Sunday, November 24, 2013

I'll Look at You, You'll Look at Me, We'll Cry a Lot, This'll be What We Said: Look Where All This Talking Got Us, Baby


Two things need to be said about this tsunami of sad. First, that the vast size of it, when compared to the effect that it has had—close to nothing—should perhaps call into question the utility of journalism and argument and maybe even prose itself. The gradual Appalachification of much of the United States has been a well-known phenomenon for 20 years now; it is not difficult to understand why and how it happened; and yet the ship of state sails serenely on in the same political direction as though nothing had changed. We like to remember the muckraking era because of the amazing real-world transformations journalism was able to bring; our grandchildren will remember our era because of the big futile naught accomplished by our prose.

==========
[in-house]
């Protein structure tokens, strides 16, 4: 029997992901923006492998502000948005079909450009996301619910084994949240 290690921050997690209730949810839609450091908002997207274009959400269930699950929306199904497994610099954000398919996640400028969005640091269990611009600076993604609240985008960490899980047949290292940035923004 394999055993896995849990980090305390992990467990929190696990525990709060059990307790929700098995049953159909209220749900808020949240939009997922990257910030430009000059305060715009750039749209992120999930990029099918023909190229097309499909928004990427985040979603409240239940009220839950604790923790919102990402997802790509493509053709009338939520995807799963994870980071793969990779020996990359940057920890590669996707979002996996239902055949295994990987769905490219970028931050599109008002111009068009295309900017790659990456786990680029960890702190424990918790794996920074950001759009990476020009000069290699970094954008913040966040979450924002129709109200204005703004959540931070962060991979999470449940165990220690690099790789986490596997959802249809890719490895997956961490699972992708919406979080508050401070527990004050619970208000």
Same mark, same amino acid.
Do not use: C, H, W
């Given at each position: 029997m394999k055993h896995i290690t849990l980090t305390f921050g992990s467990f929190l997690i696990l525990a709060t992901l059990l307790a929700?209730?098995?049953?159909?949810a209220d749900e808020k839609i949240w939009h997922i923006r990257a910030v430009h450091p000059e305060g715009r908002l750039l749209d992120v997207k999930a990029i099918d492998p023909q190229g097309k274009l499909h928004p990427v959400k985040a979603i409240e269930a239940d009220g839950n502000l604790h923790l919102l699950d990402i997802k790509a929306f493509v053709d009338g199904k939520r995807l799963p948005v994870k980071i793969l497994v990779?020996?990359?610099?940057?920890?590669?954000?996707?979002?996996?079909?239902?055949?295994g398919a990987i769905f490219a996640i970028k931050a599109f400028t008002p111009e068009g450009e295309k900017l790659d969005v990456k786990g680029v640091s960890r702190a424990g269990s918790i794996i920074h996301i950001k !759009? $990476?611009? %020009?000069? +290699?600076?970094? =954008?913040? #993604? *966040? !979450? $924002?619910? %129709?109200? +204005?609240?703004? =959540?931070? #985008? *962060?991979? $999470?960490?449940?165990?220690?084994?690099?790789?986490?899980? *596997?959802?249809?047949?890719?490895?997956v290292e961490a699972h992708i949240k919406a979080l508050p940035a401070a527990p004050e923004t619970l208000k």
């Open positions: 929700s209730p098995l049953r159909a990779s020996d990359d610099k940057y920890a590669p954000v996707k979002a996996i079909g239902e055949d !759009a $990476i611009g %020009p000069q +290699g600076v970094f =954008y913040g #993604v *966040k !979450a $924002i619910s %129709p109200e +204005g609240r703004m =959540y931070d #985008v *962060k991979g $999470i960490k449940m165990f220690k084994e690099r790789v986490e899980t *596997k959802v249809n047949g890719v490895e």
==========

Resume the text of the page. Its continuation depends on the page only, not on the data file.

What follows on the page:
...Why has Packer written such a heavy-handed homage? Maybe because our period is similar to the ’30s. Maybe because elegy and lyric, written without hope for a political rescue, are the appropriate means to describe the disintegration of middle-class America. After all, how many more books screaming about some Great Disaster being worked on the American Dream do we need? What kind of chart can an author or a blogger or a columnist present that would make the slightest bit of difference anymore? The truth is that journalism is almost completely irrelevant. And so maybe only art matters.